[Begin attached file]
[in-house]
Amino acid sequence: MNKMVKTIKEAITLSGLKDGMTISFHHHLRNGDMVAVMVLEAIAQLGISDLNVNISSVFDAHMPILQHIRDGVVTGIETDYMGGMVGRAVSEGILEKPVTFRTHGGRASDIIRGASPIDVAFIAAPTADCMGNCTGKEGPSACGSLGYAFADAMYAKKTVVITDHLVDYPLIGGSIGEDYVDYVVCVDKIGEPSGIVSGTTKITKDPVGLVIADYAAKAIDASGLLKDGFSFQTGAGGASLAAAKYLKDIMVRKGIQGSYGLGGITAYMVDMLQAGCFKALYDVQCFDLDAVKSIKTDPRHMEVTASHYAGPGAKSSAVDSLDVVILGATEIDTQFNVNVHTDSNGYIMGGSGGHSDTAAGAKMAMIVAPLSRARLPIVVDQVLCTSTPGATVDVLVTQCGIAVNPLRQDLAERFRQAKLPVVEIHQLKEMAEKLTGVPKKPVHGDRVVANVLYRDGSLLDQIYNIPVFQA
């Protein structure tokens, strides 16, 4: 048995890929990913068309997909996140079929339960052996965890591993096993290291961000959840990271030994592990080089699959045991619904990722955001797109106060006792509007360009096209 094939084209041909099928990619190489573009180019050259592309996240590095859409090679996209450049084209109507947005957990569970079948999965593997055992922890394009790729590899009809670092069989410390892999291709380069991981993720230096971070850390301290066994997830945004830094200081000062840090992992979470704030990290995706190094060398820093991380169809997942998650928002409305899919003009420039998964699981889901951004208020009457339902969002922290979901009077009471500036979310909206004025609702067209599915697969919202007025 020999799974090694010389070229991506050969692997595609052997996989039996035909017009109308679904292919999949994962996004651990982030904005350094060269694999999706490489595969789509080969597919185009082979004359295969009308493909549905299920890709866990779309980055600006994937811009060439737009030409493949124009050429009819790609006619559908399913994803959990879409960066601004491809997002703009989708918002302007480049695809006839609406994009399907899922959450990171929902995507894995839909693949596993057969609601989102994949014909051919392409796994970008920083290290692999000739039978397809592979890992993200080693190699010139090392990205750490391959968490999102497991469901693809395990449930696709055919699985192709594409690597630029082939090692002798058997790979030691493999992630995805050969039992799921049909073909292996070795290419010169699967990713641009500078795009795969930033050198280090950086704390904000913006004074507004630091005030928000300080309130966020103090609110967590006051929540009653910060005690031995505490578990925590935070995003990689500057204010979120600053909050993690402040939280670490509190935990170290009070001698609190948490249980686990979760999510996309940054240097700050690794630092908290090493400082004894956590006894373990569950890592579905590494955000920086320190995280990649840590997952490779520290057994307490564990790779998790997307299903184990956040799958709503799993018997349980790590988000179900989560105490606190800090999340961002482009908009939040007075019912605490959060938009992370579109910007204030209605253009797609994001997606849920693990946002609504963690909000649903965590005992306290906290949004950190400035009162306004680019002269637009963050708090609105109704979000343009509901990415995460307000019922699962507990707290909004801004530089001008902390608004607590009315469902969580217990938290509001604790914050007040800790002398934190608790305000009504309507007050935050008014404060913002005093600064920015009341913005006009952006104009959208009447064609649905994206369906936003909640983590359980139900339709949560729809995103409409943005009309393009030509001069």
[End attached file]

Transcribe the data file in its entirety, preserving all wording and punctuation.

[in-house]
Amino acid sequence: MNKMVKTIKEAITLSGLKDGMTISFHHHLRNGDMVAVMVLEAIAQLGISDLNVNISSVFDAHMPILQHIRDGVVTGIETDYMGGMVGRAVSEGILEKPVTFRTHGGRASDIIRGASPIDVAFIAAPTADCMGNCTGKEGPSACGSLGYAFADAMYAKKTVVITDHLVDYPLIGGSIGEDYVDYVVCVDKIGEPSGIVSGTTKITKDPVGLVIADYAAKAIDASGLLKDGFSFQTGAGGASLAAAKYLKDIMVRKGIQGSYGLGGITAYMVDMLQAGCFKALYDVQCFDLDAVKSIKTDPRHMEVTASHYAGPGAKSSAVDSLDVVILGATEIDTQFNVNVHTDSNGYIMGGSGGHSDTAAGAKMAMIVAPLSRARLPIVVDQVLCTSTPGATVDVLVTQCGIAVNPLRQDLAERFRQAKLPVVEIHQLKEMAEKLTGVPKKPVHGDRVVANVLYRDGSLLDQIYNIPVFQA
């Protein structure tokens, strides 16, 4: 048995890929990913068309997909996140079929339960052996965890591993096993290291961000959840990271030994592990080089699959045991619904990722955001797109106060006792509007360009096209 094939084209041909099928990619190489573009180019050259592309996240590095859409090679996209450049084209109507947005957990569970079948999965593997055992922890394009790729590899009809670092069989410390892999291709380069991981993720230096971070850390301290066994997830945004830094200081000062840090992992979470704030990290995706190094060398820093991380169809997942998650928002409305899919003009420039998964699981889901951004208020009457339902969002922290979901009077009471500036979310909206004025609702067209599915697969919202007025 020999799974090694010389070229991506050969692997595609052997996989039996035909017009109308679904292919999949994962996004651990982030904005350094060269694999999706490489595969789509080969597919185009082979004359295969009308493909549905299920890709866990779309980055600006994937811009060439737009030409493949124009050429009819790609006619559908399913994803959990879409960066601004491809997002703009989708918002302007480049695809006839609406994009399907899922959450990171929902995507894995839909693949596993057969609601989102994949014909051919392409796994970008920083290290692999000739039978397809592979890992993200080693190699010139090392990205750490391959968490999102497991469901693809395990449930696709055919699985192709594409690597630029082939090692002798058997790979030691493999992630995805050969039992799921049909073909292996070795290419010169699967990713641009500078795009795969930033050198280090950086704390904000913006004074507004630091005030928000300080309130966020103090609110967590006051929540009653910060005690031995505490578990925590935070995003990689500057204010979120600053909050993690402040939280670490509190935990170290009070001698609190948490249980686990979760999510996309940054240097700050690794630092908290090493400082004894956590006894373990569950890592579905590494955000920086320190995280990649840590997952490779520290057994307490564990790779998790997307299903184990956040799958709503799993018997349980790590988000179900989560105490606190800090999340961002482009908009939040007075019912605490959060938009992370579109910007204030209605253009797609994001997606849920693990946002609504963690909000649903965590005992306290906290949004950190400035009162306004680019002269637009963050708090609105109704979000343009509901990415995460307000019922699962507990707290909004801004530089001008902390608004607590009315469902969580217990938290509001604790914050007040800790002398934190608790305000009504309507007050935050008014404060913002005093600064920015009341913005006009952006104009959208009447064609649905994206369906936003909640983590359980139900339709949560729809995103409409943005009309393009030509001069």